Kuwait Oil Company (KOC) and UK/Dutch Shell Group’s enhanced technical service agreement (ETSA) covering the development of Kuwait’s northern gas fields is worth KD229.3m ($797m), according to details released by the state-owned oil company. 

KOC has been in discussions with IOCs for the past four years, but until now had failed to reach an agreement. Shell became the first international oil company (IOC) to sign an enhanced services deal in Kuwait, with the European energy major signing at KOCs offices on 17 February.

Under the five-year deal, Shell will help KOC develop and manage its northern Jurassic gas fields, producing an undisclosed volume of non-associated gas. The project is technically complex with the gas fields deep, tight and sour, sulphur-rich.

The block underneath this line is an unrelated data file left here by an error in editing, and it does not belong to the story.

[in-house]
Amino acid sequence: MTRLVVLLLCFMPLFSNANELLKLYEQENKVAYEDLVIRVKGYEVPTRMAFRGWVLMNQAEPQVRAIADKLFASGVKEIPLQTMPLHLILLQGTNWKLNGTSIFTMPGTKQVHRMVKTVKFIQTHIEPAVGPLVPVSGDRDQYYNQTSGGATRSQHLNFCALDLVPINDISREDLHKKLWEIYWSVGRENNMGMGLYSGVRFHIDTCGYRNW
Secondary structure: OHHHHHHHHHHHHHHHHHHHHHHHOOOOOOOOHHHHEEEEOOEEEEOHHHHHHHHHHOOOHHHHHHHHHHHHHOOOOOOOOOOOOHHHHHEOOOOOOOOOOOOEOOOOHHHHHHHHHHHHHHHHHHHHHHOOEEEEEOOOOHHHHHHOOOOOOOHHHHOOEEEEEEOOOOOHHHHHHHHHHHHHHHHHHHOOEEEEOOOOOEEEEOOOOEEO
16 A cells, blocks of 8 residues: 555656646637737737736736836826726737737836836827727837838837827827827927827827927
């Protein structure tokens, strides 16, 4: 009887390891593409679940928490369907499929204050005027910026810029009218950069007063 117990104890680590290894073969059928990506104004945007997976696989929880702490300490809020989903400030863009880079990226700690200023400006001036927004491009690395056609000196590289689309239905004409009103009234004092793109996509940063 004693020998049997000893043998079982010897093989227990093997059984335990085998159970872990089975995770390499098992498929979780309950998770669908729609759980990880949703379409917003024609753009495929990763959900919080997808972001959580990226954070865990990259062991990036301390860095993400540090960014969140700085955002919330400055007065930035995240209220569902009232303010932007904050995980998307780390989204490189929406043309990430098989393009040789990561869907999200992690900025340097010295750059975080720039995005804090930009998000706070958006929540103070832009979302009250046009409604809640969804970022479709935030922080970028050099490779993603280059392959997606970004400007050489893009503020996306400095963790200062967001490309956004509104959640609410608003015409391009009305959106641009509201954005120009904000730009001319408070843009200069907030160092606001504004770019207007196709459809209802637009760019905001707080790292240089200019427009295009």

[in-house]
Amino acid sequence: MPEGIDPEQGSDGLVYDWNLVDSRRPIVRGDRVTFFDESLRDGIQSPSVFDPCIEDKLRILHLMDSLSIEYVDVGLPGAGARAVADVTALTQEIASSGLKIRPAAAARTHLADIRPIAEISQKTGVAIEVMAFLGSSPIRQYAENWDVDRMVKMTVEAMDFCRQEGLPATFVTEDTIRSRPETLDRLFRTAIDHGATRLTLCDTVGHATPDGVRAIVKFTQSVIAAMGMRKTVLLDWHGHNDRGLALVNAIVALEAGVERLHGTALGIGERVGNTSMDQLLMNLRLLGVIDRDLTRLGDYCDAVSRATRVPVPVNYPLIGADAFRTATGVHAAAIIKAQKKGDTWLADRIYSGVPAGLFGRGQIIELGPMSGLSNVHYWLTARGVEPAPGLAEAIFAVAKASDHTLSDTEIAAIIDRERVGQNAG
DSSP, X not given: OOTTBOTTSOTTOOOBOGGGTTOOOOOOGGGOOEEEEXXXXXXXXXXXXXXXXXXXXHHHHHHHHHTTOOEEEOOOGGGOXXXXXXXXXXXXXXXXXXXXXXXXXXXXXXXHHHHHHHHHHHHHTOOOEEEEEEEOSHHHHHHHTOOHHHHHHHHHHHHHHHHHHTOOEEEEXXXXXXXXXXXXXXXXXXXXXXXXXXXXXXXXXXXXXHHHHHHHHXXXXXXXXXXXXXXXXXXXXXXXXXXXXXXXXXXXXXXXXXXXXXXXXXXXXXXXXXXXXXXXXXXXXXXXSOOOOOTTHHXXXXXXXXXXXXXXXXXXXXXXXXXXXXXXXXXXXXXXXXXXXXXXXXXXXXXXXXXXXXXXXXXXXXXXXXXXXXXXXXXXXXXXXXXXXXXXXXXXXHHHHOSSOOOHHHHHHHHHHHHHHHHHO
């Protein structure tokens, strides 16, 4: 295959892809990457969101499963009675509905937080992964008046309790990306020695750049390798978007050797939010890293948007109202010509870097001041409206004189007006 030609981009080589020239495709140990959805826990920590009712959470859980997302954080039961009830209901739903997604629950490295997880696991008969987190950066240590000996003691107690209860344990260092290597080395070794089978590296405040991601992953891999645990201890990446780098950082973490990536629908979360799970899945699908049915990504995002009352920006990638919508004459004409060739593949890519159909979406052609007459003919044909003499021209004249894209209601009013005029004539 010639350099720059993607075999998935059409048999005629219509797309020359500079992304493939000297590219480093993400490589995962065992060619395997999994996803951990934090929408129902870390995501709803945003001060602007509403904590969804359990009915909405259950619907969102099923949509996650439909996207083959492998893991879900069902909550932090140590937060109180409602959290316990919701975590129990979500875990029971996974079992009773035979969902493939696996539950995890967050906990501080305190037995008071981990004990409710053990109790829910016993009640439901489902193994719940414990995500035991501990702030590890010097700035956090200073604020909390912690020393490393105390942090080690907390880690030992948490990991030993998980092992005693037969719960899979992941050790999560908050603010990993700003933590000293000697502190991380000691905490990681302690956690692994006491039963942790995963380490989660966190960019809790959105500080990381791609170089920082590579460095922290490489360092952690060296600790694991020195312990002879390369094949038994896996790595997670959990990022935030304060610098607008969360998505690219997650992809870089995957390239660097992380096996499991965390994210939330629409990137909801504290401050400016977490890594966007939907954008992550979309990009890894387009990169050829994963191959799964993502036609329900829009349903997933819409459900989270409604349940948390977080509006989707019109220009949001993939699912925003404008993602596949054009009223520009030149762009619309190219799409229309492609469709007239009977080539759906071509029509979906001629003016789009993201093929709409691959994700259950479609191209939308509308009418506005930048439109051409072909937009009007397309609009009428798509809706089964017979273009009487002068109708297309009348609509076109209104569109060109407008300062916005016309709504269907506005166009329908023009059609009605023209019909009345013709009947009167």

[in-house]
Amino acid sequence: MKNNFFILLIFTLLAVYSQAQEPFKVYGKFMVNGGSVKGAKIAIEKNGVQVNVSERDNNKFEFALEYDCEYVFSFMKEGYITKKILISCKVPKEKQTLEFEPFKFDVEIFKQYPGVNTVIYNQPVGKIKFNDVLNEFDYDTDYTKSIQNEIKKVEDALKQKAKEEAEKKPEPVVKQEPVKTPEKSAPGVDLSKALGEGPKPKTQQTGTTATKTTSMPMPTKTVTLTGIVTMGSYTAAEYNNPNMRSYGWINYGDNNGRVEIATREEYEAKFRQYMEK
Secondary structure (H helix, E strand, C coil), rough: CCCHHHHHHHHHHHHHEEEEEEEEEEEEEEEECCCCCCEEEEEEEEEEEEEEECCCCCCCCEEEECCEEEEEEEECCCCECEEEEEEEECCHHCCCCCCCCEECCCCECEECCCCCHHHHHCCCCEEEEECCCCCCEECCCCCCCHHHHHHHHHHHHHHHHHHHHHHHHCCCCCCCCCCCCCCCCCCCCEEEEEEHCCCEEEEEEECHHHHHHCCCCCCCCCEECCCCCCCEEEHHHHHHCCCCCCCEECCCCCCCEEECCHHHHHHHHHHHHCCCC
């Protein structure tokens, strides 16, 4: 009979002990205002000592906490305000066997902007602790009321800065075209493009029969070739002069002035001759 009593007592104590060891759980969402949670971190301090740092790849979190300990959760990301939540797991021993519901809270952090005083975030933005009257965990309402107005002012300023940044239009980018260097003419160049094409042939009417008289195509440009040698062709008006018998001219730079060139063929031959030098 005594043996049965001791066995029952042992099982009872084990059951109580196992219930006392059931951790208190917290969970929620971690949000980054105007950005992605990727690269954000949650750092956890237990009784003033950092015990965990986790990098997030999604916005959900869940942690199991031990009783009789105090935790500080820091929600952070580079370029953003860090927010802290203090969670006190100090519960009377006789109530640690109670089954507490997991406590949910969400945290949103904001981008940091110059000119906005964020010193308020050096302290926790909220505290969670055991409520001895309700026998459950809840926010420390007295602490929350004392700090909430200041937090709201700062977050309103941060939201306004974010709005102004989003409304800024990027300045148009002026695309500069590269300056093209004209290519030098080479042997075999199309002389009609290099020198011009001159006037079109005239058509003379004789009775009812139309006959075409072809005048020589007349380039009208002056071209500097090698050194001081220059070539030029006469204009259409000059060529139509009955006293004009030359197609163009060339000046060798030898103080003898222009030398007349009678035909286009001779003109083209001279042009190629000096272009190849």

Technical services agreements between KOC’s parent company, the Kuwait Petroleum Corporation (KPC), and international energy majors, including the UK’s BP, Shell and France’s Total, all expired between August 2008 and July 2009. The deals face considerable political opposition in the country, and senior IOC sources have previously told MEED they hold little hope of seeing them concluded. The Oil Ministry, KOC and KPC hold conflicting views on the role of IOCs, which could stall progress on the deal with Shell (MEED 3:9:09).

Kuwait’s natural gas reserves stand at nearly 63 trillion cubic feet, the majority of which is associated with crude oil. In 2008, the country produced 12.8 billion cubic metres of gas.